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Dr. Fiona Chen
Dr. Fiona Chen, Certified Public Accountant (CPA)
Category: Tax
Satisfied Customers: 482
Experience:  Former IRS Revenue Agent
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My daughter's taxes were prepared by a CPA. She told him

Customer Question

My daughter's taxes were prepared by a CPA. She told him that she had inherited $12,000. He told her repeatedly that this was not taxable. He never told her that she needed a 1099, nor did she ever receive one. Now the IRS states that she owes $5,600. in unpaid taxes. She is very low income, I believe less than $20,00/year. She does not have any money. Who is liable?
Thank you,
Submitted: 1 year ago.
Category: Tax
Expert:  Dr. Fiona Chen replied 1 year ago.

Dear Customer,

1) If it is inheritance money, the whole 12,000 is non-taxable.

2) There is no 1099 issued for inheritance money.

3) No one is responsible for the tax. Even if, say in a different situation, a professional makes a wrong advice, the taxpayer is the one liable for tax. The professional may be willing to pay for penalty or usually would go to before the IRS what happened. Relying on expert's opinion is a reasonable cause for the IRS to abate the penalty.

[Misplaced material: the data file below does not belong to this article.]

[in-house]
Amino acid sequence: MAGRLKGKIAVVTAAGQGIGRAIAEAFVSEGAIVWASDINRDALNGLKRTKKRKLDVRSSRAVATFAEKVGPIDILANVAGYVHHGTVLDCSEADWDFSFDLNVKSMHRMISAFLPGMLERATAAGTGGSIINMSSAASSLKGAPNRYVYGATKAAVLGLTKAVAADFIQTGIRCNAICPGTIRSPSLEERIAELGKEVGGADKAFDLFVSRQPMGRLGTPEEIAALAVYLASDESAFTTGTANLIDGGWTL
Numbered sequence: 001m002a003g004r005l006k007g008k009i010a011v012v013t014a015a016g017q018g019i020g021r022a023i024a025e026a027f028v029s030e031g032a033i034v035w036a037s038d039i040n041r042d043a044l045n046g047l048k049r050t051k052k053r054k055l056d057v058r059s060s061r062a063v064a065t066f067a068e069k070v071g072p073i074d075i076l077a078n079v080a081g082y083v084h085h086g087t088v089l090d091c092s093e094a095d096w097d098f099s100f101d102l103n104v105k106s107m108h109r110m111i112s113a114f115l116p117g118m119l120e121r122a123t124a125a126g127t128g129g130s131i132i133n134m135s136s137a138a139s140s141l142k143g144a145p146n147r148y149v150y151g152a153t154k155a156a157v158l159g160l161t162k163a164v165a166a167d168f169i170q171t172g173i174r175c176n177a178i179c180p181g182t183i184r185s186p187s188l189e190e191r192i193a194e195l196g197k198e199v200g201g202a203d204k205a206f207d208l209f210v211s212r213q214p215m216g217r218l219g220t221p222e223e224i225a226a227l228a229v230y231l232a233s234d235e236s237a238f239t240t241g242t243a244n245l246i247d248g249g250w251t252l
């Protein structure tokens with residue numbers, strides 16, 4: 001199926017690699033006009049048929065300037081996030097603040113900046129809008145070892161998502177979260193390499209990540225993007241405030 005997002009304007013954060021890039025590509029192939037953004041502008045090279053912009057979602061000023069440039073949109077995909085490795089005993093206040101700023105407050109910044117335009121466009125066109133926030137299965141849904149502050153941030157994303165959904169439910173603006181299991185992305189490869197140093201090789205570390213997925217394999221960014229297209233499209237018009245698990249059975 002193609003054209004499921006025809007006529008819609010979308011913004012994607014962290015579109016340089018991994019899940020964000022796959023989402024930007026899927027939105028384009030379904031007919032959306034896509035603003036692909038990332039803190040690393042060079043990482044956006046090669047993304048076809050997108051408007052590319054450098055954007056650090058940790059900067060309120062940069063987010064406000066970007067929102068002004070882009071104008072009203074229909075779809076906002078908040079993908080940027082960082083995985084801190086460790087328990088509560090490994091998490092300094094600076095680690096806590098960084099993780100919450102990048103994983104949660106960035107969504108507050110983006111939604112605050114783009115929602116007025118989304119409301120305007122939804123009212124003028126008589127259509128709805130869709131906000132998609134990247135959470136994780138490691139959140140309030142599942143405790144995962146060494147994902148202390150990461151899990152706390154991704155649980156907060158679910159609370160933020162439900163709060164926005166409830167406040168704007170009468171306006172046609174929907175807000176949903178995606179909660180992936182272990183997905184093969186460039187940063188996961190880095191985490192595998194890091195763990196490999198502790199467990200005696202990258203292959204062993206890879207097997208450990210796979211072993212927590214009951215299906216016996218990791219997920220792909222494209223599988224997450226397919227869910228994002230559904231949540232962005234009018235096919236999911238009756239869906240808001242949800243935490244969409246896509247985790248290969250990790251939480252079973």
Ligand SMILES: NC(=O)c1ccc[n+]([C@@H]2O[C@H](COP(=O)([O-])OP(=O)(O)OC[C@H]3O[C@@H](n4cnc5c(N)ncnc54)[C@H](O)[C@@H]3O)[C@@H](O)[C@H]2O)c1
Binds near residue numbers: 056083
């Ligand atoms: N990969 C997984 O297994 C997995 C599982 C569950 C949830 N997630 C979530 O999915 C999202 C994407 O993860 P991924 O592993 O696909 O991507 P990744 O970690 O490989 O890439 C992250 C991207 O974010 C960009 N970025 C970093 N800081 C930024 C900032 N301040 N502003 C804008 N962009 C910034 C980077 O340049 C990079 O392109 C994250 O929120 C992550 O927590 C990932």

4) Your daughter's issue currently is that she obtained IRS notice for tax of 5,600. If it is income tax, if it is not IRA distribution, we are looking that she had income in that particular year much higher than 12,000.

5) It is more likely than not that: If we assume that the IRS is correct, your daughter owes 5,600. And we assume that your daughter is correct that she inherited the money. Then, it is most likely that she inherited an IRA account, and she took out the entire amount out from the IRA account. If she is younger than 59.5 years old, she is taxed with additional income tax of 1,200. But even so, if there was no other taxable income items not reported on her tax return for a 12,000 income to owe 4,300 tax is very difficult, if not almost impossible.

Hopefully, I answered your main question on who is responsible to the tax.


Fiona Chen, MPA, Ph.D., CPA, ABV, CFF, CITP